I’m very pleased that Brian has taken to the time to answer Questions Five – his enthusiastic answers are perfect for following the huge attention the GRRM interview has received.
Brian, as a Scot, I can only assume that you eat haggis 3 or 4 times in the average day. How do you think haggis is best served?
BR: You do know every year in Scotland several tourists who are flippant about haggis get hunted down and slaughtered like curs by howling, kilt-clad, claymore-wielding mobs, don’t you? It’s virtually a national sport.
When I was but a wee lad, I loathed haggis with a passion. I considered it a vile concoction, developed for the sole purpose of torturing children in general, and me in particular. Fast forward to 2007, and the best night out I’ve had all year was when eight or ten of us gathered at a friend’s house back in January for a Burns Supper (a noble Scottish tradition it would take too long to explain in detail). The company was good, the alcohol was flowing, ‘The Ode to the Haggis’ was delivered with enthusiasm, and the haggis itself was devoured with unseemly gusto. I long ago overcame my aversion to the “great chieftain o’ the puddin’ race”, for the simple reason that it is the finest, most characterful national dish to be found anywhere on the planet, and its offalish splendour can brush aside even the most deeply ingrained childhood trauma.
How to serve it? The first task is to select your haggis. What you really want is not one of the widely available ones that is sealed in plastic, but the proper, original form which comes encased in the pale sheath of a sheep’s stomach. Never ask your supplier exactly what bits of the sheep are used to make the filling, as the answer may render you incapable of eating the thing.
The traditional accompanying vegetables are tatties and neeps (mashed potatoes and mashed swede/turnip), and in this case you will not go far wrong by sticking to tradition. When eating haggis at home, I personally tend to leave out the neeps, and instead indulge myself with a gigantic heap of potato and parsnip, mashed together with plenty of butter and salt and pepper.
The above is not the whole story, of course. If you find yourself stumbling out of a pub in the small hours of the Scottish night, in a state of intoxication, with an urgent need for fast food and a temporary lack of interest in the potential consequences for your coronary arteries, the only way to serve haggis is coated in batter and deep fried, with a good serving of greasy chips beside it. Pretty much every fish and chip shop in Edinburgh stands ready to provide just that, as a public service.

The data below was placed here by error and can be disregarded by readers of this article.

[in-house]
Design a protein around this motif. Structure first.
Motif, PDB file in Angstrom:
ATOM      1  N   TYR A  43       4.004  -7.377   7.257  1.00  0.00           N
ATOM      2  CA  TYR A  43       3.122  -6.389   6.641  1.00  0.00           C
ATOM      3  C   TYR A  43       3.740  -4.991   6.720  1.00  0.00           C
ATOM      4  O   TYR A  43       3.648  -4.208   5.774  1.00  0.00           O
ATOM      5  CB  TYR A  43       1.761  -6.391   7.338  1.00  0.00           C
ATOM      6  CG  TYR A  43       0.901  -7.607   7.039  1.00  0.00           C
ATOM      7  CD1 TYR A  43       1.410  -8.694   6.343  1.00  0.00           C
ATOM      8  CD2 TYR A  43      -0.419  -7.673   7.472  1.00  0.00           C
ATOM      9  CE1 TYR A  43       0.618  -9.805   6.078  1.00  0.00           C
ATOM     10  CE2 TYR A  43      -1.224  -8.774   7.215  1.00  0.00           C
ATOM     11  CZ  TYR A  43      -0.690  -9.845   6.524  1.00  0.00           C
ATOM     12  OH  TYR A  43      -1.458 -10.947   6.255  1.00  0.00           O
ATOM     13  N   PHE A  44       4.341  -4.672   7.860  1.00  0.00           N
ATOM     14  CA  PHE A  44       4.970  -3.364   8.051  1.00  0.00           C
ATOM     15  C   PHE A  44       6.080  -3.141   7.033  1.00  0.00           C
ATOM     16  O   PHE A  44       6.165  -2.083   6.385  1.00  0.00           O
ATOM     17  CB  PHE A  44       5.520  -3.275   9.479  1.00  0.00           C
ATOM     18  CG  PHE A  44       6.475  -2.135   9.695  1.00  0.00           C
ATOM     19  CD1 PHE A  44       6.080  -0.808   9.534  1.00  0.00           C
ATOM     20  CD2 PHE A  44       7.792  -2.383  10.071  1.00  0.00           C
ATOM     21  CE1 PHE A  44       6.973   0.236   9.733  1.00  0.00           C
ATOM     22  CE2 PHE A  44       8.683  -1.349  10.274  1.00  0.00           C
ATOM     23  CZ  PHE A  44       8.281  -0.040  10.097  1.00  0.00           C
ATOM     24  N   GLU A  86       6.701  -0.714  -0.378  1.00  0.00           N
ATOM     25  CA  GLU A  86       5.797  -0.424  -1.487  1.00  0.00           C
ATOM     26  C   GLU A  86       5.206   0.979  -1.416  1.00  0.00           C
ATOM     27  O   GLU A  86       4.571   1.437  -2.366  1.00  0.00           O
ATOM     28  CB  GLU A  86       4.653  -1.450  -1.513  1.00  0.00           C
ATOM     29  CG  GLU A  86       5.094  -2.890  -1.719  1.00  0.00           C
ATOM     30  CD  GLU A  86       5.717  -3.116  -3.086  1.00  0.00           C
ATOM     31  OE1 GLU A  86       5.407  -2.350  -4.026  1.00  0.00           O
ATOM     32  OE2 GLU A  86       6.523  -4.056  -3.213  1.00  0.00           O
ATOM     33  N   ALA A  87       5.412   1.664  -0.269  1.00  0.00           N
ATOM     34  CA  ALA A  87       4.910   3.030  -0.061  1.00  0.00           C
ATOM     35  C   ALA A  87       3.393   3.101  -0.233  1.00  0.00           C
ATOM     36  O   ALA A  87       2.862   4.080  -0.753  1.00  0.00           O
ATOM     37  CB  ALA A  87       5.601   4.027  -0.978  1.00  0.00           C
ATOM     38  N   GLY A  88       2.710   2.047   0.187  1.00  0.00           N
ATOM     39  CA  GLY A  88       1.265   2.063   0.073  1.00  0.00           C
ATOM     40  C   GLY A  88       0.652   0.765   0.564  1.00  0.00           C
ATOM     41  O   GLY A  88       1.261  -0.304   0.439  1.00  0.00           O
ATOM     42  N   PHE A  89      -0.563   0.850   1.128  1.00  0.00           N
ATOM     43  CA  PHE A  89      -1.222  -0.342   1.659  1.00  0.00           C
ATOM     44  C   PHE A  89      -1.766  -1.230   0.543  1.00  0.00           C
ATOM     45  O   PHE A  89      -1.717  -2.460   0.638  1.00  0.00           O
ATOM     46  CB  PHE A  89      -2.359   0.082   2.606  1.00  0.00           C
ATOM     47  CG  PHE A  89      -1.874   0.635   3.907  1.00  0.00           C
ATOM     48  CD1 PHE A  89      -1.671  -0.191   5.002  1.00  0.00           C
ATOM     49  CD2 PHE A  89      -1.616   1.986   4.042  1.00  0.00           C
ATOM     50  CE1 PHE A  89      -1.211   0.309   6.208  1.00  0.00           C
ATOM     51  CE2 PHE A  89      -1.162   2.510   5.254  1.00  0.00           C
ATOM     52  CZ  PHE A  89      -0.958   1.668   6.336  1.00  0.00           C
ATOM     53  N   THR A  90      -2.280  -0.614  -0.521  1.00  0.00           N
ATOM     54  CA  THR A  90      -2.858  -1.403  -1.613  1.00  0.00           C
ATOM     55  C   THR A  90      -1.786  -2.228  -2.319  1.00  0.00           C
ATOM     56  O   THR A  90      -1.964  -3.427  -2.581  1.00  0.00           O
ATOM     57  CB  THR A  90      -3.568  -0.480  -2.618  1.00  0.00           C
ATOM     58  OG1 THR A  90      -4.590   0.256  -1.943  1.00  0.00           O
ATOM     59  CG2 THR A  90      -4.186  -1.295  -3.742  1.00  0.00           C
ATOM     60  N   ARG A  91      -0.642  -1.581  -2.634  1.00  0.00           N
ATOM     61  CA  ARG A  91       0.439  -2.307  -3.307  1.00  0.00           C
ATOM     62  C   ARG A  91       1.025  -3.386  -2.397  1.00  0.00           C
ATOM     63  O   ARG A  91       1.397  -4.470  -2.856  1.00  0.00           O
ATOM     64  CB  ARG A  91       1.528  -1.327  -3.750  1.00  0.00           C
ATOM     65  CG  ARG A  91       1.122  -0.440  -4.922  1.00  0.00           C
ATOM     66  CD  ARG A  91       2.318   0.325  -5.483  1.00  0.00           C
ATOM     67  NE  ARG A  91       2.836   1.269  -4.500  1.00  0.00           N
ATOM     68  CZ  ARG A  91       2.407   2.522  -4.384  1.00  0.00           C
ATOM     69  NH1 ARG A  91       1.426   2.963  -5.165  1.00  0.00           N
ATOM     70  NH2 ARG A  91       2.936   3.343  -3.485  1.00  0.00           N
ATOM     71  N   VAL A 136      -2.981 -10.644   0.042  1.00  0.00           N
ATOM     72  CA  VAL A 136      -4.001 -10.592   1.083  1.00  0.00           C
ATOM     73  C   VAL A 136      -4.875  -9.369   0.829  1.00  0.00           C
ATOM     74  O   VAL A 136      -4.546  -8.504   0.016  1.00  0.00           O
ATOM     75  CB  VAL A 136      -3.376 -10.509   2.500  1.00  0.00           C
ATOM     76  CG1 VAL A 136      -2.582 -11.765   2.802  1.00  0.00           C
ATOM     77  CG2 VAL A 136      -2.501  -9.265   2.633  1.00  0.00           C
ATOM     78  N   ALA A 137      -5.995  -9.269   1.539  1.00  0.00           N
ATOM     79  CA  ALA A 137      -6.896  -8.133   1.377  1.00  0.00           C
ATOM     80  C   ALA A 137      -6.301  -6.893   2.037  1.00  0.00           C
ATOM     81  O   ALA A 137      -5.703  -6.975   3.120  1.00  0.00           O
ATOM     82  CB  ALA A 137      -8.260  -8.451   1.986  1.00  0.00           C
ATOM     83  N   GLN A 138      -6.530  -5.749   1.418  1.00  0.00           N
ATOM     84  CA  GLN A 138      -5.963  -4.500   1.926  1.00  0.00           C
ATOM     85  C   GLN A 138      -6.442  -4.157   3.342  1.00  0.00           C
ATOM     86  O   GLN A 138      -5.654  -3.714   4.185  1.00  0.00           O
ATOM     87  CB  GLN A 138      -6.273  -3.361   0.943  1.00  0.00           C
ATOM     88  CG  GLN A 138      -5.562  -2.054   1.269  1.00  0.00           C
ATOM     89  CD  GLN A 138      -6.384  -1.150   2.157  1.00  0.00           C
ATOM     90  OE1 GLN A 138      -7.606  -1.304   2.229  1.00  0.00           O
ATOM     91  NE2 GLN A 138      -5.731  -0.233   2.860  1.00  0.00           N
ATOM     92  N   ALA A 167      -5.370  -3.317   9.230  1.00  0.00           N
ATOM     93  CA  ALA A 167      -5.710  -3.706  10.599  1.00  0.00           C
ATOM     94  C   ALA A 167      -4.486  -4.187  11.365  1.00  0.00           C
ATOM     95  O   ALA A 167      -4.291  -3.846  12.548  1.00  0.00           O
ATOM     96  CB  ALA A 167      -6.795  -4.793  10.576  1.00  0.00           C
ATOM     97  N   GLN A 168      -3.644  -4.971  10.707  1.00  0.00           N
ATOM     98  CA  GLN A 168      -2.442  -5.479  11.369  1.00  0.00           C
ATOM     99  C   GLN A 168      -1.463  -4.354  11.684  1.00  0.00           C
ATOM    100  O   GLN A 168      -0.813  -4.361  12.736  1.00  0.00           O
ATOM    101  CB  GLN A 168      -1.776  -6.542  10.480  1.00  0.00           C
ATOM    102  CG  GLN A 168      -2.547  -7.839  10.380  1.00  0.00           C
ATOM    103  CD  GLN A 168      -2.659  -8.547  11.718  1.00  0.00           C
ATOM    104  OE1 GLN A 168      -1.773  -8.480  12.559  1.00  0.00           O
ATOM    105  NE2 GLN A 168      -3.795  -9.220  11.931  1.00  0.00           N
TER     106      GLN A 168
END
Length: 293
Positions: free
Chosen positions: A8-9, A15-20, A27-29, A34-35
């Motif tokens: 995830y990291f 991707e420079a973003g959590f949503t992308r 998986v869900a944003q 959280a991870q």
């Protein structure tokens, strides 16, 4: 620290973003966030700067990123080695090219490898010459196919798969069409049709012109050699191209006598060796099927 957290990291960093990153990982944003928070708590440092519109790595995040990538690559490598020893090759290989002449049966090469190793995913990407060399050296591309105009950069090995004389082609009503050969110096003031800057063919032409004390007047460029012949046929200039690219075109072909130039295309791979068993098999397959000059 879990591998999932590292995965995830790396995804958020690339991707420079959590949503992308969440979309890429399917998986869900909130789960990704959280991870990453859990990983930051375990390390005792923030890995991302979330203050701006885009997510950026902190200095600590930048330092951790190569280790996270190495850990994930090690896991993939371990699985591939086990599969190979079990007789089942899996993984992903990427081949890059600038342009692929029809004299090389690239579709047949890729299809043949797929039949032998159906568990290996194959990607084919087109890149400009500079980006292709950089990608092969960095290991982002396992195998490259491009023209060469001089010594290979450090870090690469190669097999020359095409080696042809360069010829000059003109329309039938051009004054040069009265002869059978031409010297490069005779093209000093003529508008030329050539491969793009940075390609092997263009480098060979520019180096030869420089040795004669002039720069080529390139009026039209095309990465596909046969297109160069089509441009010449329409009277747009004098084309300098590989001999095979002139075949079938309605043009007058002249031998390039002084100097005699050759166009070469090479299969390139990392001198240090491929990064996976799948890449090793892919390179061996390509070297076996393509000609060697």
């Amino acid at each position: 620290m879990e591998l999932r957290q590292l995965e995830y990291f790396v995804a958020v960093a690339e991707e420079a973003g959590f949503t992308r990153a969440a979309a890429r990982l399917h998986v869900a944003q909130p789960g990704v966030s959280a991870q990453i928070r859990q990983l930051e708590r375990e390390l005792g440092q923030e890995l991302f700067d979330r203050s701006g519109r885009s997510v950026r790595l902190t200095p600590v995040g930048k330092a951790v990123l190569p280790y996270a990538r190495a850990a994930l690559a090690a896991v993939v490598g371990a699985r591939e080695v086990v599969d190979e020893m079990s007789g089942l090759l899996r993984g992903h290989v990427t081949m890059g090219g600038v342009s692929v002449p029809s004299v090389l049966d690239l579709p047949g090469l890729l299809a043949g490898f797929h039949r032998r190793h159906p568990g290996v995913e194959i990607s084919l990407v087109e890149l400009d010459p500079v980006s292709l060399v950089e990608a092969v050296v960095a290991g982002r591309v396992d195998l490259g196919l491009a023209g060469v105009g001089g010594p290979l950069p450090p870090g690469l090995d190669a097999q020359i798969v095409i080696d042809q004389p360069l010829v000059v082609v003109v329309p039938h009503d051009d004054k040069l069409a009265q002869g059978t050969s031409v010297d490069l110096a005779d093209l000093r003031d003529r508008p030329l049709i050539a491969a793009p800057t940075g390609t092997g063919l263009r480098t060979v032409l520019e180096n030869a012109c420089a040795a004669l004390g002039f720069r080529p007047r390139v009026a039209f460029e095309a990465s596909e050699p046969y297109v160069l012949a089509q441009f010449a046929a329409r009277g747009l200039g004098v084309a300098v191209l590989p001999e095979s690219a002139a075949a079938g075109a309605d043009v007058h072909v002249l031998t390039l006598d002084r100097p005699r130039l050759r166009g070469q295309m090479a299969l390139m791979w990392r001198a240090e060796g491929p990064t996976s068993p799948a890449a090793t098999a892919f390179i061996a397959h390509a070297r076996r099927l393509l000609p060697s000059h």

Incidentally, the second verse of the Ode to the Haggis begins (there’s a little bit of translation involved here, for those not up on the old Scots language, which includes me):
“The groaning platter there you fillMasterful.
Your buttocks like a distant hill …”
If I were going on holiday to Edinburgh and I can only visit one pub, which pub do you recommend and why?
BR: This is my kind of interview. It’s obviously absurd to try to narrow Edinburgh’s titanic array of drinking establishments down to a single recommendation, but given how long I spent on the haggis question I should probably try.
I think the best I can come up with for you is the Bow Bar. There are two reasons: one, it’s a small, friendly pub with a mix of locals and visitors (but mostly locals), good beer and a startling array of whiskies if you’re into that kind of thing; two, it’s just round the corner from Edinburgh’s sf/f bookshop, Transreal Fiction, so on a rainy afternoon (it rains a lot in Edinburgh, but don’t let that put you off visiting) you can potter around the bookshop, have a chat with the owner, buy a few books and then retire to the pub to settle into a corner with a drink and read. Lovely. Also, if you lose track of time and end up drunk, there’s a chip shop within staggering distance to supply you with haggis and chips: a perfect end to a perfect day.
Discuss one reason why Winterbirth may inspire a reader to strip naked and run screaming into the forest?
BR: If read backwards, very slowly and with just the right accent, certain sections of it are liable to summon the Great Old Ones from the vastly deeps or wherever they’re hanging out at the moment. Stripping your clothes off and running away screaming is a perfectly rational response to such a manifestation. That’s the most plausible reason I can think of. I’d certainly like to think it’d be an over-reaction to any perceived shortcomings in the text itself. Hopefully.
What other peculiar qualities of Winterbirth should readers be aware of?
BR: It is, to the best of my knowledge, unique amongst all fantasy novels ever published in containing the phrase ‘muculent saliva’ (I stand ready to be corrected on that, by the way). It’s also probably the best novel I’ve ever written. That’s maybe not so impressive when you consider that the only other novels I’ve ever written were done when I was still the wee lad who hated haggis (and probably were only long short stories, come to think of it, though they felt like novels at the time).
Why should Winterbirth be the next book that everyone reads?
BR: If you like Winter, it’s the book for you. If you like Summer, it’s also the book for you because it’ll remind you of all the reasons you don’t like Winter, and why Summer is a good thing. More importantly, I’ll be grateful, my publisher will be grateful, my agent will be grateful. My parents will probably be grateful, because they’re nice like that. Even my accountant’ll probably be grateful, since if no one buys the thing he’s a bit redundant. All that gratitude’s got to be worth something in the cosmic scheme of things, hasn’t it? Plus, you might like it. You never know.